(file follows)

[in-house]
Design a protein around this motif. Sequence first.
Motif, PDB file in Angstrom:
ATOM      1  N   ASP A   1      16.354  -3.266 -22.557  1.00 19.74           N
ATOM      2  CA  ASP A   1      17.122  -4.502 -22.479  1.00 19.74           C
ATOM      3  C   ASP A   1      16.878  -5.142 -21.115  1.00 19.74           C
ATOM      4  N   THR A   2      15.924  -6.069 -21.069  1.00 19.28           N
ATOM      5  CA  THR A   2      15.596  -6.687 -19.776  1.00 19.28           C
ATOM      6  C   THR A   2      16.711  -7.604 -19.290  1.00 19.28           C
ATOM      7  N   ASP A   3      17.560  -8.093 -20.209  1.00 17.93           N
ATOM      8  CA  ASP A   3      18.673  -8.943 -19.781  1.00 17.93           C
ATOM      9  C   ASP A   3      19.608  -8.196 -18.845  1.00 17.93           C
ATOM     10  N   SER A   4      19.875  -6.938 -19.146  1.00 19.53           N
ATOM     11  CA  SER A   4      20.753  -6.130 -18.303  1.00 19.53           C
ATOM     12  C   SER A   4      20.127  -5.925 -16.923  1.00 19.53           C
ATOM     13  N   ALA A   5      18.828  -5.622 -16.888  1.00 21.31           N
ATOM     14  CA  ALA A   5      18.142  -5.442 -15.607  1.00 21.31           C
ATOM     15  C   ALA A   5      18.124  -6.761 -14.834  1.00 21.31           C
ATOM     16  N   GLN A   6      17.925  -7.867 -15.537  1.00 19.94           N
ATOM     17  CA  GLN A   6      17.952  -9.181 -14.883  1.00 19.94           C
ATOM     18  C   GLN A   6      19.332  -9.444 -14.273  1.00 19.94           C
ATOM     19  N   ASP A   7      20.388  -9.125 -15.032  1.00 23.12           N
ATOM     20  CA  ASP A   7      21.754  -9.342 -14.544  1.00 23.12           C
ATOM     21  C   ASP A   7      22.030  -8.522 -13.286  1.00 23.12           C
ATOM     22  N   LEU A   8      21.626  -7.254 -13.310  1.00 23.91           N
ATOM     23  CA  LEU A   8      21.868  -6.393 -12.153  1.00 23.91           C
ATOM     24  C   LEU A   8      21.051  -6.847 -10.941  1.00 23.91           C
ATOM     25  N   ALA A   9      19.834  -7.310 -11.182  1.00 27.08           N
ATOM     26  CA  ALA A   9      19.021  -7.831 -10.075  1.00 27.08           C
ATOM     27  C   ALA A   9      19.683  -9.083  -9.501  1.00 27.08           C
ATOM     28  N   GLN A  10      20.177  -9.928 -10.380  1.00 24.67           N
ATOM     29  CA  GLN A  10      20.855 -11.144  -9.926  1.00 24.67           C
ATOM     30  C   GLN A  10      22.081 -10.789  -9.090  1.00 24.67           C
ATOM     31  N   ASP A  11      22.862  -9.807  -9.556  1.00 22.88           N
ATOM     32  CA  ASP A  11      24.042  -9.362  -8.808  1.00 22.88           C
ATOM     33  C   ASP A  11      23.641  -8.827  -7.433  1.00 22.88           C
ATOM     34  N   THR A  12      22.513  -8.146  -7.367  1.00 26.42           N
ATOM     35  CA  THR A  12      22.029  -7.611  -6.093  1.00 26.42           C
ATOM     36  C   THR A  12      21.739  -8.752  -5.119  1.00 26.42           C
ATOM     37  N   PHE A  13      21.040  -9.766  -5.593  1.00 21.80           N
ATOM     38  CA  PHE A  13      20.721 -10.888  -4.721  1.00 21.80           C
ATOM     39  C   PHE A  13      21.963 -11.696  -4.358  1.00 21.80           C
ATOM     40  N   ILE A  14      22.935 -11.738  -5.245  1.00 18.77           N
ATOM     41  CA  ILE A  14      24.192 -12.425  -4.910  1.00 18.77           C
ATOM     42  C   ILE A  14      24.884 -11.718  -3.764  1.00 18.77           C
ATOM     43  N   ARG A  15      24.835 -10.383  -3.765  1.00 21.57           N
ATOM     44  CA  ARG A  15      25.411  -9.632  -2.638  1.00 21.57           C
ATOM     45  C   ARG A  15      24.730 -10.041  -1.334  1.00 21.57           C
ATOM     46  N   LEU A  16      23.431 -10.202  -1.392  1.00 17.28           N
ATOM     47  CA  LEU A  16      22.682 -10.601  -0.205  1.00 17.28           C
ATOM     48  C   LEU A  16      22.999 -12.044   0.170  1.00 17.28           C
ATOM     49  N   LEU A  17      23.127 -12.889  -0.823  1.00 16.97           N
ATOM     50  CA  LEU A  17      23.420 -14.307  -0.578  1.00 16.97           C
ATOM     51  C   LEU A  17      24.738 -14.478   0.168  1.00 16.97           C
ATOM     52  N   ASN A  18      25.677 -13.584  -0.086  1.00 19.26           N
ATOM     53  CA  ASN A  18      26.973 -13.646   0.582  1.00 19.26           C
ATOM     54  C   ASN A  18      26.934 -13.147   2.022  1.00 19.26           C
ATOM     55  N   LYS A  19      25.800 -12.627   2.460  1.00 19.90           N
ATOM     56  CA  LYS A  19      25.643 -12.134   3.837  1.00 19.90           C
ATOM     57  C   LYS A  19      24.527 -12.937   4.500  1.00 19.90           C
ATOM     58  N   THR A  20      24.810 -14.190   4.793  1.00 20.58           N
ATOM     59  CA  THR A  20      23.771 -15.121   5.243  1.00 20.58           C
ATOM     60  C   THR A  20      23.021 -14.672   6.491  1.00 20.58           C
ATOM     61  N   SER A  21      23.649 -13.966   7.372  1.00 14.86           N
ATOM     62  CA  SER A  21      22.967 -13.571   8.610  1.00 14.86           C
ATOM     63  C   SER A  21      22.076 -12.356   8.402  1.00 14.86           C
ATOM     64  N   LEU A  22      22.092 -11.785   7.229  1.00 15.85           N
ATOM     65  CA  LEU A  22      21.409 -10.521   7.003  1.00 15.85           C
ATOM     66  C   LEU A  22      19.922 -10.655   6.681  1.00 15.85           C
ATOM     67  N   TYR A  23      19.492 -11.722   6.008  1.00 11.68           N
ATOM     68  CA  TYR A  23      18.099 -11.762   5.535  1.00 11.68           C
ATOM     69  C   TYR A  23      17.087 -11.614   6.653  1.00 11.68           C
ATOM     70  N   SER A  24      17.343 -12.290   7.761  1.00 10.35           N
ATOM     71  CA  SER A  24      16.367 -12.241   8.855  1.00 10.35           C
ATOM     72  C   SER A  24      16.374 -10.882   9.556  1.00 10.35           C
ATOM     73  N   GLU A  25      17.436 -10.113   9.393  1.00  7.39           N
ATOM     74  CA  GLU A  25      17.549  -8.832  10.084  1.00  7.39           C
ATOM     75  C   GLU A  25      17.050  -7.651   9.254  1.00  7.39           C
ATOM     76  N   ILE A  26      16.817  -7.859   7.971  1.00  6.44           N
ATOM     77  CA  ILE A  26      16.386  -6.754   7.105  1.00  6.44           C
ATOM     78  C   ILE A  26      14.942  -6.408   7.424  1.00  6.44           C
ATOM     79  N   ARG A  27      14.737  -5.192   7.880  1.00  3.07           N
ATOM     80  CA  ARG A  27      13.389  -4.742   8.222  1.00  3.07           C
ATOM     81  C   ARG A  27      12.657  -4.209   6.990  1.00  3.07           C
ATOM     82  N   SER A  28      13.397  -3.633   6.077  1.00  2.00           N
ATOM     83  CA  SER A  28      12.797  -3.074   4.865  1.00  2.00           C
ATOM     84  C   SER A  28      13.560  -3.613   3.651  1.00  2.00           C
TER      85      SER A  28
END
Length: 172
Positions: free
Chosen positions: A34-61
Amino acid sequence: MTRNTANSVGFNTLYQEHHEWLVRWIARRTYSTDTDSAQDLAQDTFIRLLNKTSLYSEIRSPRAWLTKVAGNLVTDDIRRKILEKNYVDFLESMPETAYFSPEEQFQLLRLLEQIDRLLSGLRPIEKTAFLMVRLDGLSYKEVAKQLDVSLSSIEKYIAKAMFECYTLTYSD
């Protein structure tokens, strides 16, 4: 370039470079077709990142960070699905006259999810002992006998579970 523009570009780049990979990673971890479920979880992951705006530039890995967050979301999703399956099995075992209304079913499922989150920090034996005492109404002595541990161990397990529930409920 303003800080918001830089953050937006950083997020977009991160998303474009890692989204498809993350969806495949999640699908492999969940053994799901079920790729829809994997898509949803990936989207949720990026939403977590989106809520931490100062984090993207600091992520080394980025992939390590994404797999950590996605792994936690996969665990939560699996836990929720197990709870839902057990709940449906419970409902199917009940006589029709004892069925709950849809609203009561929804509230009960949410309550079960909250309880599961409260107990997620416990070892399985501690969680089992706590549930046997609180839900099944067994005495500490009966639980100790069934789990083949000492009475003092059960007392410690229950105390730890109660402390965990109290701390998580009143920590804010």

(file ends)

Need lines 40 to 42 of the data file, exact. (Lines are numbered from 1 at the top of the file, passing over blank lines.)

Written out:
ATOM     37  N   PHE A  13      21.040  -9.766  -5.593  1.00 21.80           N
ATOM     38  CA  PHE A  13      20.721 -10.888  -4.721  1.00 21.80           C
ATOM     39  C   PHE A  13      21.963 -11.696  -4.358  1.00 21.80           C